|Information and Software Technology 55 (5): 897-917 (2013)|
Bo Jiang 2 , Ke Zhai 3 , W.K. Chan 4 , T.H. Tse 3 , and Zhenyu Zhang 5
[paper from ScienceDirect | technical report TR-2012-14]
Testing and debugging consume a significant portion of software development effort. Both processes are usually conducted independently despite their close relationship with each other. Test adequacy is vital for developers to assure that sufficient testing effort has been made, while finding all the faults in a program as soon as possible is equally important. A tight integration between testing and debugging activities is essential.
Objective: The paper aims at finding whether three factors, namely, the adequacy criterion to gauge a test suite, the size of a prioritized test suite, and the percentage of such a test suite used in fault localization, have significant impacts on integrating test case prioritization techniques with statistical fault localization techniques.
Method: We conduct a controlled experiment to investigate the effectiveness of applying adequate test suites to locate faults in a benchmark suite of seven Siemens programs and four real-life UNIX utility programs using three adequacy criteria, 16 test case prioritization techniques, and four statistical fault localization techniques. We measure the proportion of code needed to be examined in order to locate a fault as the effectiveness of statistical fault localization techniques. We also investigate the integration of test case prioritization and statistical fault localiza¬tion with postmortem analysis.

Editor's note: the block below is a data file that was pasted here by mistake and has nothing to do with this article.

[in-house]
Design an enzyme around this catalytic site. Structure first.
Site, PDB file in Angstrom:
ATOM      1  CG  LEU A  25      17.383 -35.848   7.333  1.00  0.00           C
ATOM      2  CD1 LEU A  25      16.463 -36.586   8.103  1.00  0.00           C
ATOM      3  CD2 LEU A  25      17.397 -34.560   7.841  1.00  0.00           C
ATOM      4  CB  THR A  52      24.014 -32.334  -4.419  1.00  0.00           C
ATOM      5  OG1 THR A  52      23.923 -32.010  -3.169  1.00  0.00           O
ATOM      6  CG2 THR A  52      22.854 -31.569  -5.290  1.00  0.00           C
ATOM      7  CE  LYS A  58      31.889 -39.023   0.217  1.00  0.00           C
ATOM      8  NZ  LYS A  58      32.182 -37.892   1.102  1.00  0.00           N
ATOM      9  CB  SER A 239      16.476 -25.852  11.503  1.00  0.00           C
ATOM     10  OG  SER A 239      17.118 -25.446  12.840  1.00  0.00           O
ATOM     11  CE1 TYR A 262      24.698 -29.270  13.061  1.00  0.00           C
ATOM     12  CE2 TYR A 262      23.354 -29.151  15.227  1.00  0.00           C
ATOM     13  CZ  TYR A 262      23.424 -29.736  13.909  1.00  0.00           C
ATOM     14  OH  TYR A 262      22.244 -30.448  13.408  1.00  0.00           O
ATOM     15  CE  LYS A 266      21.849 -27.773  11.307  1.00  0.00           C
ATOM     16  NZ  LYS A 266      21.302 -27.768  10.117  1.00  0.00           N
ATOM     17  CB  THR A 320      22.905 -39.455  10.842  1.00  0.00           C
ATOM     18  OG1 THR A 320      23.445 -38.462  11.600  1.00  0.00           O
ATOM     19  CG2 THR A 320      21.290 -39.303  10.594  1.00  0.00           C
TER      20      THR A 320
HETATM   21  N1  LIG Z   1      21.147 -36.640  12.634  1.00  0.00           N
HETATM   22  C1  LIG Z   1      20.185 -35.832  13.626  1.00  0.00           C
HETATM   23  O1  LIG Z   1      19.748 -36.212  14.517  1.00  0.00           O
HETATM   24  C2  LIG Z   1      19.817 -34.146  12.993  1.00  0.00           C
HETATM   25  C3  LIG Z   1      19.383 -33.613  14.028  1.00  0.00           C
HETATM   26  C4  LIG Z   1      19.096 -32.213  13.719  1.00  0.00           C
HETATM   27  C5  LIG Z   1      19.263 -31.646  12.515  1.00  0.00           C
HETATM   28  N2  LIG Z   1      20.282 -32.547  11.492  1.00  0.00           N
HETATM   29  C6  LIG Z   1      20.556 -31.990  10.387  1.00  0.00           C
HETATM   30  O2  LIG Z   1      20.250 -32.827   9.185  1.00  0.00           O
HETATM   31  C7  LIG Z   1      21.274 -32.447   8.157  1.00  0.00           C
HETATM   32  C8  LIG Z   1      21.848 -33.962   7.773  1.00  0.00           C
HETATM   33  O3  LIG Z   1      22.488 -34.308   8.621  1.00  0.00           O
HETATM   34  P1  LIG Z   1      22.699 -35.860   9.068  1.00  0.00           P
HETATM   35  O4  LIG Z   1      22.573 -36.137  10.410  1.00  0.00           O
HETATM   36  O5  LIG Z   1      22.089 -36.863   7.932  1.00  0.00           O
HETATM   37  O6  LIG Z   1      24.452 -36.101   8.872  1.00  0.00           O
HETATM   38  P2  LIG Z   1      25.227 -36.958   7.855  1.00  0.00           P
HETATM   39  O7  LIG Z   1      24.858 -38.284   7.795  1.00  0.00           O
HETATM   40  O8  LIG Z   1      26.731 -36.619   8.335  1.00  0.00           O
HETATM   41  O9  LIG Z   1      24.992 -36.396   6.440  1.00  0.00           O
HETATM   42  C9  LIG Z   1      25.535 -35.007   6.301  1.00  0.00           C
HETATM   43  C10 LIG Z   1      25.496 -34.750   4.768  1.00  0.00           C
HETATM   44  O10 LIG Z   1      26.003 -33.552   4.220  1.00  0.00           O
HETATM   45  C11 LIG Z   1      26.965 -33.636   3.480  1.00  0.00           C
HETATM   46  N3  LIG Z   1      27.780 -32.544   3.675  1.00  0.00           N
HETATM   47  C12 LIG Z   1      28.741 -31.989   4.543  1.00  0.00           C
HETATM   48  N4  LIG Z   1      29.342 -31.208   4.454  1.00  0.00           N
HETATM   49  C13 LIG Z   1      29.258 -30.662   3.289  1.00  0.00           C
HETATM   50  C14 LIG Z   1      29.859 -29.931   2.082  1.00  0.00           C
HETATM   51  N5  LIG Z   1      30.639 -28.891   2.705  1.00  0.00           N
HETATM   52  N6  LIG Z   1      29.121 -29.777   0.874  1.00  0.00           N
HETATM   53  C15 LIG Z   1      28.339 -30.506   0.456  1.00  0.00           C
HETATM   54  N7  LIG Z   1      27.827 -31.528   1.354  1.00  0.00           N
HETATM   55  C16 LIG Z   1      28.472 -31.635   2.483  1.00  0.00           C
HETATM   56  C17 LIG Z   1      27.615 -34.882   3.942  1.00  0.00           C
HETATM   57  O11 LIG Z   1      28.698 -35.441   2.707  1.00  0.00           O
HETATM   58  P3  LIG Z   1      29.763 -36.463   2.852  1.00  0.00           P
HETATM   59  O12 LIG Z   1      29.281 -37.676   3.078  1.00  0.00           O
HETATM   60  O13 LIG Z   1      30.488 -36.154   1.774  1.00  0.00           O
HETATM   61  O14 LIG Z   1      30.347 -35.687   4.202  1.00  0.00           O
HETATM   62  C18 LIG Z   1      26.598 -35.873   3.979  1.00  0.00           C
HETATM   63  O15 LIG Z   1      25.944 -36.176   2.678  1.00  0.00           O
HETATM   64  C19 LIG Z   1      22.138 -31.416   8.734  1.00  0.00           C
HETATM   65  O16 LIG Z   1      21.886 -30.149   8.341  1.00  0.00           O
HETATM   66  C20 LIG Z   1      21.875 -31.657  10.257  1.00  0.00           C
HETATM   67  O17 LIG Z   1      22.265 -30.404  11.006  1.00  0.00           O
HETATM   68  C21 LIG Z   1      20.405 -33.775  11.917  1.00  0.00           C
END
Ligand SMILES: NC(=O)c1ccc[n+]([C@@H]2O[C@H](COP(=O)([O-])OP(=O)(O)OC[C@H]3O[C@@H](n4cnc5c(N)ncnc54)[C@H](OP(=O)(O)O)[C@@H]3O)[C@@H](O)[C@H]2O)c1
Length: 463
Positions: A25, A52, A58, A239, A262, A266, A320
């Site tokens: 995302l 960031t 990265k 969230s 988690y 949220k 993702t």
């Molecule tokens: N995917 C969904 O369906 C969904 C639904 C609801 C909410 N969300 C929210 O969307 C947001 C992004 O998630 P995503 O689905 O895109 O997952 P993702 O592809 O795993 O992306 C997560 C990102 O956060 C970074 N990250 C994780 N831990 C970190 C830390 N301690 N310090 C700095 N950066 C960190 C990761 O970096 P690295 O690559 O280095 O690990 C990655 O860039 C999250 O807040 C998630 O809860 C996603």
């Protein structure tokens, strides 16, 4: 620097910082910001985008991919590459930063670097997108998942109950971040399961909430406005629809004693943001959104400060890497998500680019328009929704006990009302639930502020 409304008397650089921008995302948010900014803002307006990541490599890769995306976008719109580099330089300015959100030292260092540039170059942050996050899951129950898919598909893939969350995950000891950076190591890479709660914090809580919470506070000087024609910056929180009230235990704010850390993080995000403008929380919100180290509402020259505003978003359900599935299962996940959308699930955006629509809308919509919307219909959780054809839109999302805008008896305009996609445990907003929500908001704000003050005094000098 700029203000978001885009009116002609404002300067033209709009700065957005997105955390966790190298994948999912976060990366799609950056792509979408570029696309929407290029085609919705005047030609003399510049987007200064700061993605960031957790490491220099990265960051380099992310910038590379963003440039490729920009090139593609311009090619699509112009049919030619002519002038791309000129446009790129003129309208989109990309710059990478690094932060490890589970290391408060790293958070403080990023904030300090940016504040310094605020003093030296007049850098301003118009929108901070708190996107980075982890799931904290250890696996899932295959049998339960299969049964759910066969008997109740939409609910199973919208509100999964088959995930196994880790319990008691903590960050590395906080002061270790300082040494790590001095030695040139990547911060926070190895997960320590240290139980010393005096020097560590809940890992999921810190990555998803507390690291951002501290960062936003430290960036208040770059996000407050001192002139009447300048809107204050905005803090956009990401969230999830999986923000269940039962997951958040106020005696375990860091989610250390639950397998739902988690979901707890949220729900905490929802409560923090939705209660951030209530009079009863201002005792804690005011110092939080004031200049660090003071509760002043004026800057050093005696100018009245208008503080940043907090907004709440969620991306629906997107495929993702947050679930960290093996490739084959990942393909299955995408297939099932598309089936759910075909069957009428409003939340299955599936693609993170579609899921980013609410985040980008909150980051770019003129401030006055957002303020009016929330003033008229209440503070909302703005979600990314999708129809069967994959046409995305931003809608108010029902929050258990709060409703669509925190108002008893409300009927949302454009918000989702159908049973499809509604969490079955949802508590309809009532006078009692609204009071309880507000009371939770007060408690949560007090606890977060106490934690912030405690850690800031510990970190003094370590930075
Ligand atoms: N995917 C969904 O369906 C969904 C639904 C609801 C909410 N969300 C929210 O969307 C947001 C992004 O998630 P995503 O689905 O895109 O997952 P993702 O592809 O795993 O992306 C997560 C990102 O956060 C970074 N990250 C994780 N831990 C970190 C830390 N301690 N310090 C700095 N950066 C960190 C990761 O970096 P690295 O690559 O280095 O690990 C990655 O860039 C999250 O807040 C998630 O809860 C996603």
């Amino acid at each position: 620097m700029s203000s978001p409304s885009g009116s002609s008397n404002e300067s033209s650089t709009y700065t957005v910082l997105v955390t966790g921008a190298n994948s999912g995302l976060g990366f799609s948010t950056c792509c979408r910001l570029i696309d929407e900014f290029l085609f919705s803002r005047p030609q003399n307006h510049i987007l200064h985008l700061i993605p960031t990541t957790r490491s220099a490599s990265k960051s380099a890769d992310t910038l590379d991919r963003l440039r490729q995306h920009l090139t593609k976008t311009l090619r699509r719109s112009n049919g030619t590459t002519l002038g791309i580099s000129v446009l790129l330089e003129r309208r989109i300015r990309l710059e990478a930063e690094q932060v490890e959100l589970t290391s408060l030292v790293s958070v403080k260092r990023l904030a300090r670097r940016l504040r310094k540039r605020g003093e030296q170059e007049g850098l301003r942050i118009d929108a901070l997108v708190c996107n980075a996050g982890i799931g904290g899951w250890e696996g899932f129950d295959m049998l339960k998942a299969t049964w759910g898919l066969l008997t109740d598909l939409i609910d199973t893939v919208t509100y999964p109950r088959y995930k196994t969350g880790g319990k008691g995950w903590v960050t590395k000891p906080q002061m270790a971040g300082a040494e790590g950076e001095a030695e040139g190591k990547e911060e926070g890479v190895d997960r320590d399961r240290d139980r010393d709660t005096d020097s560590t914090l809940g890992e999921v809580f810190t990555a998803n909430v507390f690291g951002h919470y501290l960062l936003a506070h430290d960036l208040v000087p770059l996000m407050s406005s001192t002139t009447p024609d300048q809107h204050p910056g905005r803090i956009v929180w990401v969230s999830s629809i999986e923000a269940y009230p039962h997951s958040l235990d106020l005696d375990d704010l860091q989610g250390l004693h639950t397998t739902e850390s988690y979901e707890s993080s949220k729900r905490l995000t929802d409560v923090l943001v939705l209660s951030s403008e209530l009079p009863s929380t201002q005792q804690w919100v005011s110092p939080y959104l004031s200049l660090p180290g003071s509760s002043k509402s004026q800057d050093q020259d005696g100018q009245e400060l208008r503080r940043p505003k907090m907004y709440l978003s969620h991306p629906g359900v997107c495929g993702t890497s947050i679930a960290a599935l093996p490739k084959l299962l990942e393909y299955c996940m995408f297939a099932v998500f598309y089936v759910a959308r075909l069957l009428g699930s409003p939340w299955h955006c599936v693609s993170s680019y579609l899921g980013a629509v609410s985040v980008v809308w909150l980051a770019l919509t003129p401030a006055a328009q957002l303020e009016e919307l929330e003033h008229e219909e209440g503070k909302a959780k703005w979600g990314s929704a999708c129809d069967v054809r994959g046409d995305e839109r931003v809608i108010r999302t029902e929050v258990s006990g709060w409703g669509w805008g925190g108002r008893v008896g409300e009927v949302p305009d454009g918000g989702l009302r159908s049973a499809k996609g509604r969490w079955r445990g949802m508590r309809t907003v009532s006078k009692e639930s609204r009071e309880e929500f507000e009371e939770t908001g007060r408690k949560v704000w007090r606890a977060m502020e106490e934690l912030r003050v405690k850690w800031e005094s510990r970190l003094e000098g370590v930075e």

Result: The main result shows that on average, it is more effective for a statistical fault localization technique to utilize the execution results of a MC/DC-adequate test suite than those of a branch-adequate test suite, and is in turn more effective to utilize the execution results of a branch-adequate test suite than those of a statement-adequate test suite. On the other hand, we find that none of the fault localization techniques studied can be sufficiently effective in suggesting fault-relevant statements that can fit easily into one debug window of a typical IDE.
Conclusion: We find that the adequacy criterion and the percentage of a prioritized test suite utilized are major factors affecting the effectiveness of statistical fault localization techniques. In our experiment, the adoption of a stronger adequacy criterion can lead to more effective integration of testing and debugging.
Keywords: Debugging, testing, adequacy criterion, MC/DC, branch coverage, fault localization, test case prioritization
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